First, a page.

The word “diet” (from Greek diaita “course of life”) needs to reclaim its original sense of being what a person or animal usually eats and drinks, a daily fare. Instead it has taken on the more modern meaning of a special or limited selection of food chosen to lose weight (and implied here is “of limited duration”).
The whole problem with dieting, highlighted recently by the LA Times article reporting that a vast majority of all who go on diets, and lose weight, gain it all back within 5 years (many much sooner) is the assumption that a diet is something transitory. What is the dieter doing once he has “been” on the diet, go back to the habits the made the diet necessary in the first place? Well, it doesn't take a brain surgeon to figure this one out.
Another, more deeply seated, problem, underlying the need to go back to the “wrongful ways” of eating, is that (while two thirds of the world’s population are starving) we treat food and eating as one of our main sources of pleasure, much like casual sex, and if AIDS has been the bane of casual sex, so should obesity be considered the AIDS of eating for pleasure.
Eating has to cease to be something we look forward to a whole morning, a whole afternoon or a whole week. Satisfying a craving for sugar, or pizza, or steak, or whatever is tickling your particular fancy, is not eating; it is victual debauchery. It is an apathy, an admission that we have no higher goals, no finer aspirations than satisfying this sensual need.
Conversely, when we have higher aspirations, when we want our bodies to stay fit, slender and functional (healthy) so that we may reach our higher goals (not so that we may impress admirers of bodies), eating becomes the fueling of the system which it was meant to. Now, how many billions of dollars have been and are continually being spent on research to find the right fuel for automobiles? How does that compare to honest research into the correct fuel for the bodies of us humans?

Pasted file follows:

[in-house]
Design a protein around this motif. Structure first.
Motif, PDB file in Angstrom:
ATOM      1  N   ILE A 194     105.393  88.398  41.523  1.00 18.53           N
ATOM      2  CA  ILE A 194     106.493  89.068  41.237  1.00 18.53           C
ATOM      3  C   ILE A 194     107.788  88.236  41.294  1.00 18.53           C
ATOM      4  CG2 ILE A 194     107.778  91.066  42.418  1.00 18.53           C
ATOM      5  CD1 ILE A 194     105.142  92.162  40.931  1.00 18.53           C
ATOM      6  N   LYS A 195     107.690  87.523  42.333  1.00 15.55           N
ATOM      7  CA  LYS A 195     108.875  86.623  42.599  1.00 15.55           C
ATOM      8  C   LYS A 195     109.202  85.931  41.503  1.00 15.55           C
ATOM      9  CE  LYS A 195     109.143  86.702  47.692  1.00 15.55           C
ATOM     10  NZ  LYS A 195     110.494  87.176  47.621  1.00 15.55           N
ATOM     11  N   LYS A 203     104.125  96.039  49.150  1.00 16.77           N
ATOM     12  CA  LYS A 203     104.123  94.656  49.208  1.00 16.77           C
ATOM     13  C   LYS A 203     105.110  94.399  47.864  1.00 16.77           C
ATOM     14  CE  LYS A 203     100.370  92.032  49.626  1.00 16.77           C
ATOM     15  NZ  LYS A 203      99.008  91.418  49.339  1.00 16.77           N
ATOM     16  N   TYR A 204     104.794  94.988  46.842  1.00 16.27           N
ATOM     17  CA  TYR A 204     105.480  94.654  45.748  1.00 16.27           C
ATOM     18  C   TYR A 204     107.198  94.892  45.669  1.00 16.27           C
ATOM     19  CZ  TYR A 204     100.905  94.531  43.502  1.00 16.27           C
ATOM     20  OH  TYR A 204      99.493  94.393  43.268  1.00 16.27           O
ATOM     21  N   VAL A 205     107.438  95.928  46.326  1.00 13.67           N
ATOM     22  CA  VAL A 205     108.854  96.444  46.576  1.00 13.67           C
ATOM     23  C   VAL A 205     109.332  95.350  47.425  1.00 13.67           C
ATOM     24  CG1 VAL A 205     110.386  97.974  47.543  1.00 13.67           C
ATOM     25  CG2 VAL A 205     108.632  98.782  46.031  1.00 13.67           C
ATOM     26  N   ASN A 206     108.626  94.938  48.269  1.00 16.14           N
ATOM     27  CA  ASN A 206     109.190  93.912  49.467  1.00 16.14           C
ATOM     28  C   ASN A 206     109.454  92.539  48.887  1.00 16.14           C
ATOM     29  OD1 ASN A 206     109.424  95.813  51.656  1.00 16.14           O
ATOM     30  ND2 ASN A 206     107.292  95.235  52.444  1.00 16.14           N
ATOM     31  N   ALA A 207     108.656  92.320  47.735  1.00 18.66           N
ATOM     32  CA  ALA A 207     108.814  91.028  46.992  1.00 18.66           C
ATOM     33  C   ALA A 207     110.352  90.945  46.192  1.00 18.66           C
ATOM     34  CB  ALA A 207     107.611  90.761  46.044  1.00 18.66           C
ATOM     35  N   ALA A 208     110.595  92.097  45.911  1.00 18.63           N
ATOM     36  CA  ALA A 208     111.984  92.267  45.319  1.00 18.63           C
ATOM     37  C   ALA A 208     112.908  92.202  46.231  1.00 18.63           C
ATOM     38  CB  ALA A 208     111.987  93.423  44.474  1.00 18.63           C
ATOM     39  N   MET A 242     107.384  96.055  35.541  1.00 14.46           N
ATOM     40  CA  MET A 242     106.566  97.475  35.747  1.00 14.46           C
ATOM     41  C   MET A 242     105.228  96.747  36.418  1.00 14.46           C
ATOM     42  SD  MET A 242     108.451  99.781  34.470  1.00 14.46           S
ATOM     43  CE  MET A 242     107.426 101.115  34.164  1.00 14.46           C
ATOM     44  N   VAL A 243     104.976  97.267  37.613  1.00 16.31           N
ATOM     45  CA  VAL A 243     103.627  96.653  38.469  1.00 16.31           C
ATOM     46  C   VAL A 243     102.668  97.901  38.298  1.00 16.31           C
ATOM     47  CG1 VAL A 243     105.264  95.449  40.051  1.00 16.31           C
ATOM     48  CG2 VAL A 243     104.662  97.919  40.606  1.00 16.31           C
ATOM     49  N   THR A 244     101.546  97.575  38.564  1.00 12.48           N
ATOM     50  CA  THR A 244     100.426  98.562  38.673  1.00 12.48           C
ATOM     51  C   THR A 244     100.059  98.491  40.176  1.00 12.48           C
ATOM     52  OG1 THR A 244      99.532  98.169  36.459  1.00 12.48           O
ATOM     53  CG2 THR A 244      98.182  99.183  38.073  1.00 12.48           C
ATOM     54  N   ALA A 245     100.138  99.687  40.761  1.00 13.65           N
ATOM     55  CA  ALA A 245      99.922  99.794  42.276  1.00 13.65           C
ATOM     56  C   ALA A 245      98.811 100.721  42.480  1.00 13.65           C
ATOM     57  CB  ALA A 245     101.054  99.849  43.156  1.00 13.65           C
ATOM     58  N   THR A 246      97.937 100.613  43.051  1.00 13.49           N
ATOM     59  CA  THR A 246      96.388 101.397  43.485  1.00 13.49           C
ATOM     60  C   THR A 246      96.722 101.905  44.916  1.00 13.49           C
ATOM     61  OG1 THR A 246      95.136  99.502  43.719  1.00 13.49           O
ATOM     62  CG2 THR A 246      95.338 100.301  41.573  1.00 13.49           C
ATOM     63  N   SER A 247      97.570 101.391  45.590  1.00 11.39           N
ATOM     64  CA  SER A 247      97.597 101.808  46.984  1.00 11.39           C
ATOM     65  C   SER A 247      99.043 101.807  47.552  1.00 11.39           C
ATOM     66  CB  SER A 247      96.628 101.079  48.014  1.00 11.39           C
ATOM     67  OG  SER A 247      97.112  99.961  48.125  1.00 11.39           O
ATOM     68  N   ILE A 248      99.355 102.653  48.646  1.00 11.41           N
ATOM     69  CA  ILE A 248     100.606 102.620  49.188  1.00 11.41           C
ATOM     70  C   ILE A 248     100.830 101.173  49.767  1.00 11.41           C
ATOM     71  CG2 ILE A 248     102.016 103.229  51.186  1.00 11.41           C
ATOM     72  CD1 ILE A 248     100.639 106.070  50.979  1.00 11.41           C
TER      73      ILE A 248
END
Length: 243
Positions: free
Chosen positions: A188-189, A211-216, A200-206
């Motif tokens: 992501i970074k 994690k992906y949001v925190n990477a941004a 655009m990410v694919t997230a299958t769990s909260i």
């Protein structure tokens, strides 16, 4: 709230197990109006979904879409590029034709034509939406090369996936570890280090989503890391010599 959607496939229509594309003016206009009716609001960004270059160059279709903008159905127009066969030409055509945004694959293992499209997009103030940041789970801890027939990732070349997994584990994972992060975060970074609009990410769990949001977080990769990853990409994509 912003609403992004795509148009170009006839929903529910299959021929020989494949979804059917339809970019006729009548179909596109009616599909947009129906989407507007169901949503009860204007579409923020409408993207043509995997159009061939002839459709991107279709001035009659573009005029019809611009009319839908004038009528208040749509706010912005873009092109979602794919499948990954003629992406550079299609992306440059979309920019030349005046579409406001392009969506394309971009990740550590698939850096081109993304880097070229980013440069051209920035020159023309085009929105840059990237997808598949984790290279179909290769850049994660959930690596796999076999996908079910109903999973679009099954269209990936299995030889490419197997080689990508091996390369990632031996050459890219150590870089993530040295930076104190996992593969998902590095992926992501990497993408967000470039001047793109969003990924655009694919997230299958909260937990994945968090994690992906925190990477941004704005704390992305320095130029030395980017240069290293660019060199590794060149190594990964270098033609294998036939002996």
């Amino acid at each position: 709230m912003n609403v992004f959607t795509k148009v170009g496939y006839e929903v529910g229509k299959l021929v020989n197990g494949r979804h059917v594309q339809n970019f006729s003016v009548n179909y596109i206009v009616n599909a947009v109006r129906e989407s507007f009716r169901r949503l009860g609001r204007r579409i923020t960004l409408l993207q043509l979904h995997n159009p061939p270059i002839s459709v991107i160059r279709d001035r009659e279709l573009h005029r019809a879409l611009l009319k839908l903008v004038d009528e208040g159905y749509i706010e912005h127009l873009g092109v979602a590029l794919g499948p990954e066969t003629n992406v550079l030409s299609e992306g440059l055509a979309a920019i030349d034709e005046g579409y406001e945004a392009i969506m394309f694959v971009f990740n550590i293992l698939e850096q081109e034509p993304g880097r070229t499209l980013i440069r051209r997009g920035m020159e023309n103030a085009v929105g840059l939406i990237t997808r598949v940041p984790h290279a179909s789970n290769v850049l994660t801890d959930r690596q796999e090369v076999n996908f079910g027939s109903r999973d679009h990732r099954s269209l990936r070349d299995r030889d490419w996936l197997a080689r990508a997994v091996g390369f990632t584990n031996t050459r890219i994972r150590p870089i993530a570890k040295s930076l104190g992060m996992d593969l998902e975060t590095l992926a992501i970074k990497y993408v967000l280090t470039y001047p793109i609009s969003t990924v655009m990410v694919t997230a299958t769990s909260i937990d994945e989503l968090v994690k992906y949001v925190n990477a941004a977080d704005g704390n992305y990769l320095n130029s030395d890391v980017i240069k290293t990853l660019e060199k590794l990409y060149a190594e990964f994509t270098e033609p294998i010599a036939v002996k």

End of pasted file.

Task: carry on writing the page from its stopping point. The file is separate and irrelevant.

If we honestly, brushing aside cravings and the like, took a long look at the human constitution and looked for the type of fuel she needs, we would rule out meat almost instantly, all other animal product soon thereafter and we would before long settle on a vegan diet, simply prepared to give us maximum sustenance.
The “government” claims that 35% or so of Americans are overweight. By whose yardstick? By actual observation my guess would be 85%. My point is that what is considered normal is still overweight. I’m 5’9" and I am currently crossing 140 lb. going down. I still have a lot of fatty deposits here and there. My guess is that I'll reach 125 lb. before leveling out, and that, then, will be my perfect weight, reached on a diet which is a diet, a mainstay of sustenance consisting completely of fruit, grains, rice, lentils, and salad stuffs. Wholly vegan. I am never hungry, I like what I eat, and I eat to fuel the body so that I may reach my higher goals within poetry, music and the spiritual unencumbered by weight, weakness, sickness and sensual desires.
The problem, I think, is more of a moral nature than anything else. It shares its derivation with finding no good reason to get up in the morning, the general apathy underlying the suspicion that there is no meaning to all this. This, however, is too broad of a subject to tackle in a brief essay on food.
Bottom line: Find out what your body needs to stay fit and trim. Feed it. Don’t use food as a crutch for living.